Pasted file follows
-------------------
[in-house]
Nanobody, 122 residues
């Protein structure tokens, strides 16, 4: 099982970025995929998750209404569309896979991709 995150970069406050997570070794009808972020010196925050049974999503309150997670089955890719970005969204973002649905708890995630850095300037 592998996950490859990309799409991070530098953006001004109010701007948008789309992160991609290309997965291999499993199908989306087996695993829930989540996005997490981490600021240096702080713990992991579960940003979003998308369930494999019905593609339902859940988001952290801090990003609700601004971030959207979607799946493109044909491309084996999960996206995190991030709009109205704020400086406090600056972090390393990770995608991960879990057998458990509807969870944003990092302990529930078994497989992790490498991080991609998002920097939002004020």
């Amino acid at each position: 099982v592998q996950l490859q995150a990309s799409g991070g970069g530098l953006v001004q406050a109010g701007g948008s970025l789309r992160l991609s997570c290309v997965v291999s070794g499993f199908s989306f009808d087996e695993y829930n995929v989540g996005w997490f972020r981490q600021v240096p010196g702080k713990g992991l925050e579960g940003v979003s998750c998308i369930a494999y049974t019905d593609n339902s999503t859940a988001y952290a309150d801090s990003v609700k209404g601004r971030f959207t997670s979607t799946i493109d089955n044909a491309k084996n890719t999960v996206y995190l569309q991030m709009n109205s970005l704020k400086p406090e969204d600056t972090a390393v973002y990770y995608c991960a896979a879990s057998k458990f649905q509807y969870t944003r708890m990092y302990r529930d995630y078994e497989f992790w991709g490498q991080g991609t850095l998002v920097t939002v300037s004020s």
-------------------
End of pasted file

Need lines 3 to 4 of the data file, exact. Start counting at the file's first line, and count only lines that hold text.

């Protein structure tokens, strides 16, 4: 099982970025995929998750209404569309896979991709 995150970069406050997570070794009808972020010196925050049974999503309150997670089955890719970005969204973002649905708890995630850095300037 592998996950490859990309799409991070530098953006001004109010701007948008789309992160991609290309997965291999499993199908989306087996695993829930989540996005997490981490600021240096702080713990992991579960940003979003998308369930494999019905593609339902859940988001952290801090990003609700601004971030959207979607799946493109044909491309084996999960996206995190991030709009109205704020400086406090600056972090390393990770995608991960879990057998458990509807969870944003990092302990529930078994497989992790490498991080991609998002920097939002004020």
């Amino acid at each position: 099982v592998q996950l490859q995150a990309s799409g991070g970069g530098l953006v001004q406050a109010g701007g948008s970025l789309r992160l991609s997570c290309v997965v291999s070794g499993f199908s989306f009808d087996e695993y829930n995929v989540g996005w997490f972020r981490q600021v240096p010196g702080k713990g992991l925050e579960g940003v979003s998750c998308i369930a494999y049974t019905d593609n339902s999503t859940a988001y952290a309150d801090s990003v609700k209404g601004r971030f959207t997670s979607t799946i493109d089955n044909a491309k084996n890719t999960v996206y995190l569309q991030m709009n109205s970005l704020k400086p406090e969204d600056t972090a390393v973002y990770y995608c991960a896979a879990s057998k458990f649905q509807y969870t944003r708890m990092y302990r529930d995630y078994e497989f992790w991709g490498q991080g991609t850095l998002v920097t939002v300037s004020s």